Singularity has been receiving glowing reviews from the press… heres a few below.
The beneficent wizard of electronica embraces psychedelia on his fifth album
A thumping, mind-meltingly good night out was the subject of Jon Hopkins‘ Mercury-shortlisted 2013 album ‘Immunity‘. This time, on album five, the electronica mastermind wants you to have a blissful psychedelic experience, and he’s here to guide you through from beginning to end. Though ‘Singularity”s 62-minutes can get extremely heavy – Hopkins fondly calls its gargantuan centrepiece ‘Everything Connected’ a “massive techno bastard” – it’s still a near-perfect trip, and one that confirms Hopkins’ status as one of the genre’s brightest talents.
Like ‘Immunity’, this album is as much about contrast as anything else. “I love the idea of tracks starting off in one place and leaving us somewhere completely different,” he says. That’s exactly how the nine tracks on ‘Singularity’ operate, seamlessly passing the baton from our stunning first contact with Hopkins’ vibrant world (‘Singularity’) through to the industrial, juddering maw of its highs (‘Neon Pattern Drum’, ‘Everything Connected’) before drifting into a blossoming cosmos (‘Echo Dissolve’, ‘Luminous Beings’). By approaching the composition of this album from a strictly improvisational point of view, he’s once again disproven the idea that techno can’t sound entirely organic: ‘Singularity’ sounds alive.
The summer of 2013, for this writer at least, was completely owned by Jon Hopkins’ record Immunity and, perhaps weirdly, perhaps not, Sunbather by Deafheaven. Between the two of them, they had created the soundtrack of an entire season, possibly without even knowing, that many listeners felt were – justifiably – the two-standout records of that year.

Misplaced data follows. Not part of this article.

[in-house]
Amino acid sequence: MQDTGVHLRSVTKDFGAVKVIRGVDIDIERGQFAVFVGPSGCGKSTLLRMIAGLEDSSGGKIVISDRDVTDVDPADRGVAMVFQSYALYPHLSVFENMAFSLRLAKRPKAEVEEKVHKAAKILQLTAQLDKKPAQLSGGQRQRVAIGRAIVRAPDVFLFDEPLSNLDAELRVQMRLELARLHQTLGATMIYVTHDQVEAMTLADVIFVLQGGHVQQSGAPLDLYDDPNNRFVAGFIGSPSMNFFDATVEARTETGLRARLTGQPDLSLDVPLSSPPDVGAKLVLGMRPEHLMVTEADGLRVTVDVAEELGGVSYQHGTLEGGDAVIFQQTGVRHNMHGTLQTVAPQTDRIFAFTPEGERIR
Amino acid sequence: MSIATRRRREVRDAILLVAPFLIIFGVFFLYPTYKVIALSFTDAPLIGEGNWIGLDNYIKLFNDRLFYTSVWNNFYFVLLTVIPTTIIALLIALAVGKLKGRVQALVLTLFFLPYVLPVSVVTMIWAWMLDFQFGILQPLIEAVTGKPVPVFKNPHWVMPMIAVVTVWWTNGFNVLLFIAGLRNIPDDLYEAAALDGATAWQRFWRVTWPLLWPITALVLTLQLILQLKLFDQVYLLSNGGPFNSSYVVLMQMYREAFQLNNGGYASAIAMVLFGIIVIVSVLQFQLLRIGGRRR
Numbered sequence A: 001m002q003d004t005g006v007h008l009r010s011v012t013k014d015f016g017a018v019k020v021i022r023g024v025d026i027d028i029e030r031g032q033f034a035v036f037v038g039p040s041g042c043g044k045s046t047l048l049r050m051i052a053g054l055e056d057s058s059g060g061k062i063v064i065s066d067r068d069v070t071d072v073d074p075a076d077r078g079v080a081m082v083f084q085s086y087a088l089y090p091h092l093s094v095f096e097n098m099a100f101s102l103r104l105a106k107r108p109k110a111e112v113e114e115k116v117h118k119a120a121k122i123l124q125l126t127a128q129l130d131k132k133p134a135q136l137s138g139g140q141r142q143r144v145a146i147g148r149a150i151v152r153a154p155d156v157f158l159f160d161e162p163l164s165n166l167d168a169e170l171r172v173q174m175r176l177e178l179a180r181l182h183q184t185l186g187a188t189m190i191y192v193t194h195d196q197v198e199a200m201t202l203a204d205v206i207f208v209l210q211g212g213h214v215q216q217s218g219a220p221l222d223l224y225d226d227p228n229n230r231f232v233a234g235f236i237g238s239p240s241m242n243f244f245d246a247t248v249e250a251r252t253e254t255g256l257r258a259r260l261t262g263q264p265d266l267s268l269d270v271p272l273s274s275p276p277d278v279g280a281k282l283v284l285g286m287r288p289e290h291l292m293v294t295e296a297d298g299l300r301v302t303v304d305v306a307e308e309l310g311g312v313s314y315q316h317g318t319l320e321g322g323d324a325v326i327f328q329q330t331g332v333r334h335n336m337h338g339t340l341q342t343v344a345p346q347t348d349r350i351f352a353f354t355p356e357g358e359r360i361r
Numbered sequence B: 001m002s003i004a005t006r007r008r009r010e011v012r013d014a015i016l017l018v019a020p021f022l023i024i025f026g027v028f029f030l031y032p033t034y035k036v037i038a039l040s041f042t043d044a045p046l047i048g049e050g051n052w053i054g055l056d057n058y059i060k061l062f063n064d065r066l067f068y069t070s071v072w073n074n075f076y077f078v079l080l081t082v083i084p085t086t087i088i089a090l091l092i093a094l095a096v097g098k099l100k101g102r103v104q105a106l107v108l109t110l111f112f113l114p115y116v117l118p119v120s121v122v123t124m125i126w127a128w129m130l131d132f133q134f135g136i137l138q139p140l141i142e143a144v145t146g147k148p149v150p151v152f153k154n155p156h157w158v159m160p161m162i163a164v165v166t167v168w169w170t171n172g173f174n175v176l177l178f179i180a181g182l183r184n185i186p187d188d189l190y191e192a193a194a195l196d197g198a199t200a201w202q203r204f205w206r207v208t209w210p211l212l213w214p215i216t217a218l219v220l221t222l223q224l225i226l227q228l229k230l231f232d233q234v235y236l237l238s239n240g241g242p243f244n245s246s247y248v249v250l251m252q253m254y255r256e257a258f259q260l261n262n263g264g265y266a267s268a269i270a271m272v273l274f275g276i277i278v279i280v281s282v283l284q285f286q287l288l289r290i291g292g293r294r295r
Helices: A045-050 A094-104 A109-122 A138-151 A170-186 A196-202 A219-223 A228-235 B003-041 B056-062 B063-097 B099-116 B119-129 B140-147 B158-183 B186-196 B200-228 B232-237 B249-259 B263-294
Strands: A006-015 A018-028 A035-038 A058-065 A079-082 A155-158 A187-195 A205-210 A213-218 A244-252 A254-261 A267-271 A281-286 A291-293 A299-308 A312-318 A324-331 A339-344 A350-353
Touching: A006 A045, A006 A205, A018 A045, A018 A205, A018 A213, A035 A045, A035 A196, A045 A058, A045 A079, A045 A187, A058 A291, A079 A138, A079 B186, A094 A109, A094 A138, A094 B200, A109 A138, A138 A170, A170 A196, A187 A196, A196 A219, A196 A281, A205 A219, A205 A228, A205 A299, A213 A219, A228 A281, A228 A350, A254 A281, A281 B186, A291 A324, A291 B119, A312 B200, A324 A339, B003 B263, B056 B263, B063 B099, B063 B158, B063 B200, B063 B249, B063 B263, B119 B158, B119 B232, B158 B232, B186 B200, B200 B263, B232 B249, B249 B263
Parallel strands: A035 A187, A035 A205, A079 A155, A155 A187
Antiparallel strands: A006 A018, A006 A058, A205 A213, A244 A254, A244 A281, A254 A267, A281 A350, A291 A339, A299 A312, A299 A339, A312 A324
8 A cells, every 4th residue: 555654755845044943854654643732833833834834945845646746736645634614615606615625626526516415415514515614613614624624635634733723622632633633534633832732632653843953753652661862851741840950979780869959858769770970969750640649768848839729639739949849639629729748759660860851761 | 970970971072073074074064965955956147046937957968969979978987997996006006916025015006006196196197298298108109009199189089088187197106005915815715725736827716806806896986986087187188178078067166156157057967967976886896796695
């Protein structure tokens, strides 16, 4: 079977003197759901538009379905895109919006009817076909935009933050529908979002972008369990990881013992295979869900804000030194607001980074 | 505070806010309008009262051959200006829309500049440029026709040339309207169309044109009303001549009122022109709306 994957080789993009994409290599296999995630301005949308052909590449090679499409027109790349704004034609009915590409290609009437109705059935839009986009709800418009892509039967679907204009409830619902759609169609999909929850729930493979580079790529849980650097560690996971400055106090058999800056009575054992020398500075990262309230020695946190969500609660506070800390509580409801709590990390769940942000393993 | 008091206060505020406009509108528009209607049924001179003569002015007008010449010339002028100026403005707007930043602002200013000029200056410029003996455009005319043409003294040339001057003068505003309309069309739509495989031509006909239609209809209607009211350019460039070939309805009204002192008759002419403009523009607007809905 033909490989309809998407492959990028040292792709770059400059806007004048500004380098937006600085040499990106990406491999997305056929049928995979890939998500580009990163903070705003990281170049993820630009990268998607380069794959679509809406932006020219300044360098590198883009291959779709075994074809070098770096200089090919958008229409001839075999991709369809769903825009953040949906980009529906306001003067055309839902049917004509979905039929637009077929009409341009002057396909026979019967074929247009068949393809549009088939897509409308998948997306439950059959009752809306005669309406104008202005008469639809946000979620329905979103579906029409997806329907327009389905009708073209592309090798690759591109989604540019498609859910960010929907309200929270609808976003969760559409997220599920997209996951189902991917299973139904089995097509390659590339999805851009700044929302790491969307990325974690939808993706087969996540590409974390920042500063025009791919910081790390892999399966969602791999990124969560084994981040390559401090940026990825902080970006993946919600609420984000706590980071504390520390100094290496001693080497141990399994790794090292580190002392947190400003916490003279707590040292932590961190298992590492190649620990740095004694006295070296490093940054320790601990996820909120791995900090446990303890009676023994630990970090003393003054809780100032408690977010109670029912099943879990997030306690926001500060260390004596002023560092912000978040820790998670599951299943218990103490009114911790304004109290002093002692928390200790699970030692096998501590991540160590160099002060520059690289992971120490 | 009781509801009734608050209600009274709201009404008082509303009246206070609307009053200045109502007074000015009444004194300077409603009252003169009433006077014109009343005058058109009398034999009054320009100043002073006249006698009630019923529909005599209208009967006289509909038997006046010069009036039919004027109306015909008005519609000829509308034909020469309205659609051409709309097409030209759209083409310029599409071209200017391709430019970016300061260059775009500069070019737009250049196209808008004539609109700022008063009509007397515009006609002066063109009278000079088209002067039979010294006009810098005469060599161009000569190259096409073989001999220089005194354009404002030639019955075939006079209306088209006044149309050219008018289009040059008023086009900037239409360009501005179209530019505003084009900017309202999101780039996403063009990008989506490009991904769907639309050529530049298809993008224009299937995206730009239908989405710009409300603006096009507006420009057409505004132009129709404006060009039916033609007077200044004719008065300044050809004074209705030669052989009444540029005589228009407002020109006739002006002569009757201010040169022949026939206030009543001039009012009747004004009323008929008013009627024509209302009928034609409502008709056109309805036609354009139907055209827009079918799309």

So here we are, some five years removed and while Deafheaven have released a record between then and now (and have another due) Hopkins has been relatively quiet since the release of Immunity bar a few DJ appearances here and there. So what excitement it was to hear that Hopkins was finally releasing a follow-up to his landmark record, something many had been waiting for with bated breath.
Singularity, it would be fair to say, comes with a pretty high degree of hype, not only from fans but also Hopkins himself, who waxed lyrical about his advancements in the studio going into it. How noticeable those advancements are is debateable, but what seems irrefutable is the man’s consistency, as while this may not be a massive departure from Immunity, this is still such a satisfying sound half a decade later that it’s still pretty hard to find many faults with.
As the way we engage with music evolves, the trends within the music industry have begun to lean towards songs and hits rather than albums and their journeys. Jon Hopkins’ new album Singularity is a record that turns its back on trends. It is an album that deserves your full attention; your best headphones, speakers and sound systems.
Singularity was born out of frustration. Hopkins had his heart set on an concept of interlinking sounds throughout his initial writing process; a record that would bloom with beats and melodies like roots through the soil, but after becoming discouraged by the lack of freedom and spontaneity this style would allow him in his productions, he soon lost faith. Like many musicians before him, it was when Hopkins let go off his inhabitations and let his creativity flow naturally that this LP began to take shape.
Jon Hopkins’ aesthetic has been perfected over a series of albums that span the last two decades. It has evolved from the ambient sounds of 2001’s Opalescent, through the trip-hop influenced rhythms of Contact Note, and into the rumbling bass explosions and gemstone melodies that characterise 2013’s Immunity and his new solo album, Singularity.
This trajectory has gradually moved away from material that – in hindsight – sailed a little too close to the anonymous early-noughties chillout filler, and towards an otherworldly place that is crunching and cataclysmic on the one hand, deft and delicate on the other. Singularity continues this journey with galactic grandeur. The stuttering Emerald Rush is a beauty – a lolloping rhythm coupled with a melody miasma that oozes out of the speakers. The following track, Neon Pattern Drum, teases in but evolves into a shadowy techno rattler, before Everything Connected pushes the trance-rush button and the floor falls away for the raucous-but-celestial centrepiece of the album. The soft, meandering keys of Echo Dissolve, and the choral contentedness of Feel First Life provide a gentle counterpoint, before the barely audible Recovery returns the album to the note it began on. Singularity is the satisfying sound of an artist who – instead of petering out after a couple of early victories – is still perfecting his craft nearly two decades after he started.
Watch The Video for “Emerald Rush” Below